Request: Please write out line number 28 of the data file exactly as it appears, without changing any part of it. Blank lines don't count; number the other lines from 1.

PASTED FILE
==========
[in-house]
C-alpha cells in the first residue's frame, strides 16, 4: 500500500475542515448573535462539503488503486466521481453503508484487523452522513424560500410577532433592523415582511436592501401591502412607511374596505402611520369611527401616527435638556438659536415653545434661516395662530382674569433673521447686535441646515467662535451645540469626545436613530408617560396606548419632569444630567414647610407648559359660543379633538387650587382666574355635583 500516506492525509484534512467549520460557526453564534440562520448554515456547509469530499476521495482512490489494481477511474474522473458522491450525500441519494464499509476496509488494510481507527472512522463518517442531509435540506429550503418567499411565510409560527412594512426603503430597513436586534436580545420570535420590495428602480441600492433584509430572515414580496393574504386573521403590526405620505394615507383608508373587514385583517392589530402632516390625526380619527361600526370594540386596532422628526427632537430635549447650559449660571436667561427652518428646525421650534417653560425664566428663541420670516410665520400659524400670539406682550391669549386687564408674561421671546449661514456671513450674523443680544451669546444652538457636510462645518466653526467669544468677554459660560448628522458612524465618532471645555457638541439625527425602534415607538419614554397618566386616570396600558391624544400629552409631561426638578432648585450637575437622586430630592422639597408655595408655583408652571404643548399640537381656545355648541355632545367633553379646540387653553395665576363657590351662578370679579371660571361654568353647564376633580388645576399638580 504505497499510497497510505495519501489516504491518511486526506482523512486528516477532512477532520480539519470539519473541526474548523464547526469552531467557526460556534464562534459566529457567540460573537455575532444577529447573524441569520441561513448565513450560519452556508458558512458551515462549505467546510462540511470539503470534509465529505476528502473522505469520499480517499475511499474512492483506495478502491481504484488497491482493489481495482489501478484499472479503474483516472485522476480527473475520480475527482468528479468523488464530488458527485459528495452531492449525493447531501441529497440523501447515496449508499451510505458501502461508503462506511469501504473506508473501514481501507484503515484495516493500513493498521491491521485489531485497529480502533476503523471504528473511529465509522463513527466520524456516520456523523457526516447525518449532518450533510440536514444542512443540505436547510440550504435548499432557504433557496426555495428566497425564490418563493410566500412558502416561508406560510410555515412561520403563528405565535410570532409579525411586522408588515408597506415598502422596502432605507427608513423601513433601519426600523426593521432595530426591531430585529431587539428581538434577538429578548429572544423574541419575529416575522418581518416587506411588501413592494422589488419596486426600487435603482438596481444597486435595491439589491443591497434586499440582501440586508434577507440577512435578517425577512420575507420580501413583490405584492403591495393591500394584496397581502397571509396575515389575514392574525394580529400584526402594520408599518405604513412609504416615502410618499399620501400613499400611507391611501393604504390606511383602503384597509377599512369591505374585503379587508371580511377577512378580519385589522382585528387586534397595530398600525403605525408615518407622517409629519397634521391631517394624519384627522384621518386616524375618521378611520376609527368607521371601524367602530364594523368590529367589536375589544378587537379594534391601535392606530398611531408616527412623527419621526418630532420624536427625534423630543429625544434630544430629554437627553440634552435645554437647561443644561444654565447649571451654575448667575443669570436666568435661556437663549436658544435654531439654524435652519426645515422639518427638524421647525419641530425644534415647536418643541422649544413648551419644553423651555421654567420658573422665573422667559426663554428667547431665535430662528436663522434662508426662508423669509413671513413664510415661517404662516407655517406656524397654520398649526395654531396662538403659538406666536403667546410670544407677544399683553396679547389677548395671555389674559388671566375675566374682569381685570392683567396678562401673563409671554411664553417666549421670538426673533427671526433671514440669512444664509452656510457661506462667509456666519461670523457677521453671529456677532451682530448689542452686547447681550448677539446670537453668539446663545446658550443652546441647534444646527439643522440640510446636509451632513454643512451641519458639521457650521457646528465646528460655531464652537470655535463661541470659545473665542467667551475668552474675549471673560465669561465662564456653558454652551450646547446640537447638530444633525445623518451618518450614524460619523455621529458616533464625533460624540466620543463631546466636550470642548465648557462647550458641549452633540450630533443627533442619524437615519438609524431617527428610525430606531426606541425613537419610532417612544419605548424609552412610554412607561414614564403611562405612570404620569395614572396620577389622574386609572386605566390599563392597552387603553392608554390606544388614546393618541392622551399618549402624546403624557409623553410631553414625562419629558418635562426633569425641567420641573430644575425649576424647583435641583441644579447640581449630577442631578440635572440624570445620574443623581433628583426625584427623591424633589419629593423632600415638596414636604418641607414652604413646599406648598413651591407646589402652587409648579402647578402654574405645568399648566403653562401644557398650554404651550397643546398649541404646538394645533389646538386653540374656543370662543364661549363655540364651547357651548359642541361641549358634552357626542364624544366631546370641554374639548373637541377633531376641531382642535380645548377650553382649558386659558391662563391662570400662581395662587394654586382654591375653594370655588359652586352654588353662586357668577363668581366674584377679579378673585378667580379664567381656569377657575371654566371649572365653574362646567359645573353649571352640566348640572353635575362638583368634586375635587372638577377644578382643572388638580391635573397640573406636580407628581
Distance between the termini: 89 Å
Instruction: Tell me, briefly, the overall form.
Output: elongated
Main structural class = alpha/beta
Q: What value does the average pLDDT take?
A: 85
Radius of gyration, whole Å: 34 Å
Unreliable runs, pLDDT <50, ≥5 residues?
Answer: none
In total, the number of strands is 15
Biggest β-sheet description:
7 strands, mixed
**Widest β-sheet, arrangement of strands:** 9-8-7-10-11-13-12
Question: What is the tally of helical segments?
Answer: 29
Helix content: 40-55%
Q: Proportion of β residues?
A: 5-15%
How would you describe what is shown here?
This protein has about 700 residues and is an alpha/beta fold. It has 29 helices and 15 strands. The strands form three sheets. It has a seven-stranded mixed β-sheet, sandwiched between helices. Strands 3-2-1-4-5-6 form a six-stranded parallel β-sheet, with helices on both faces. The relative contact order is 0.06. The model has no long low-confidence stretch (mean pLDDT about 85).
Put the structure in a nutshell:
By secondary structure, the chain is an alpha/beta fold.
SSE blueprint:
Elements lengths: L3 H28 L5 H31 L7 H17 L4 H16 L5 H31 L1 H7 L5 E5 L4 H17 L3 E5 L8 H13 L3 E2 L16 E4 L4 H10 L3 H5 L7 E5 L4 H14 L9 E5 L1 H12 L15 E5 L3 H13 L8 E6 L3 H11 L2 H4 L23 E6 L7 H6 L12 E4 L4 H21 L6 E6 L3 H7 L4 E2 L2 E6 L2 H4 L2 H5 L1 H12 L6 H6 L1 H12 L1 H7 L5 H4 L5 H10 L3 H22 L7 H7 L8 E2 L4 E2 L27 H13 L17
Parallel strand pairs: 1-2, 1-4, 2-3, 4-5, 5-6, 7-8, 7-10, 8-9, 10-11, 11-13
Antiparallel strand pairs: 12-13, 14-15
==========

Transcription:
Antiparallel strand pairs: 12-13, 14-15